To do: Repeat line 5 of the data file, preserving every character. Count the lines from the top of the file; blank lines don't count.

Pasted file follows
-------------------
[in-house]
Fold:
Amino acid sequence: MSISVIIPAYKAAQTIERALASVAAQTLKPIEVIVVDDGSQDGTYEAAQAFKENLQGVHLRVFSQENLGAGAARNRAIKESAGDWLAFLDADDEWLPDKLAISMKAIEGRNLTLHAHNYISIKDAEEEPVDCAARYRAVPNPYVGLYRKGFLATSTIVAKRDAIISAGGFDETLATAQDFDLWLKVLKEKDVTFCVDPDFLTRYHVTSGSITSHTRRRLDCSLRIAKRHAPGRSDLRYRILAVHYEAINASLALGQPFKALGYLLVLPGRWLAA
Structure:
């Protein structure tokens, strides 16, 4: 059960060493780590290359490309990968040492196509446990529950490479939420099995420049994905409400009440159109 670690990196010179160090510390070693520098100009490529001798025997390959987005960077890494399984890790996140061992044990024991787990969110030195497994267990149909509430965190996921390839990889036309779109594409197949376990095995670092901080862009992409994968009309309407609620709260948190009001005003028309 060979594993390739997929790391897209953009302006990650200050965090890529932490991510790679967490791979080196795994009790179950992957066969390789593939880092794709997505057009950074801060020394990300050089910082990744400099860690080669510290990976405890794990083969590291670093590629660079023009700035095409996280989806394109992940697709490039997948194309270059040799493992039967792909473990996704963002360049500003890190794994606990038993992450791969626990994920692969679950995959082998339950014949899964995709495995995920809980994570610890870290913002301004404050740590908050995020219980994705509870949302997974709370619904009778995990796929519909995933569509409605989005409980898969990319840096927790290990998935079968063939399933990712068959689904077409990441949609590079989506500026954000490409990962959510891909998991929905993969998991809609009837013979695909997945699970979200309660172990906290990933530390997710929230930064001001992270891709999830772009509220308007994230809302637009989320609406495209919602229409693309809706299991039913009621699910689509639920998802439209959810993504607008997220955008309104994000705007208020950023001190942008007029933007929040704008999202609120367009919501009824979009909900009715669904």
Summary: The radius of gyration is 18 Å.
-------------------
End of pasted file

């Protein structure tokens, strides 16, 4: 059960060493780590290359490309990968040492196509446990529950490479939420099995420049994905409400009440159109 670690990196010179160090510390070693520098100009490529001798025997390959987005960077890494399984890790996140061992044990024991787990969110030195497994267990149909509430965190996921390839990889036309779109594409197949376990095995670092901080862009992409994968009309309407609620709260948190009001005003028309 060979594993390739997929790391897209953009302006990650200050965090890529932490991510790679967490791979080196795994009790179950992957066969390789593939880092794709997505057009950074801060020394990300050089910082990744400099860690080669510290990976405890794990083969590291670093590629660079023009700035095409996280989806394109992940697709490039997948194309270059040799493992039967792909473990996704963002360049500003890190794994606990038993992450791969626990994920692969679950995959082998339950014949899964995709495995995920809980994570610890870290913002301004404050740590908050995020219980994705509870949302997974709370619904009778995990796929519909995933569509409605989005409980898969990319840096927790290990998935079968063939399933990712068959689904077409990441949609590079989506500026954000490409990962959510891909998991929905993969998991809609009837013979695909997945699970979200309660172990906290990933530390997710929230930064001001992270891709999830772009509220308007994230809302637009989320609406495209919602229409693309809706299991039913009621699910689509639920998802439209959810993504607008997220955008309104994000705007208020950023001190942008007029933007929040704008999202609120367009919501009824979009909900009715669904």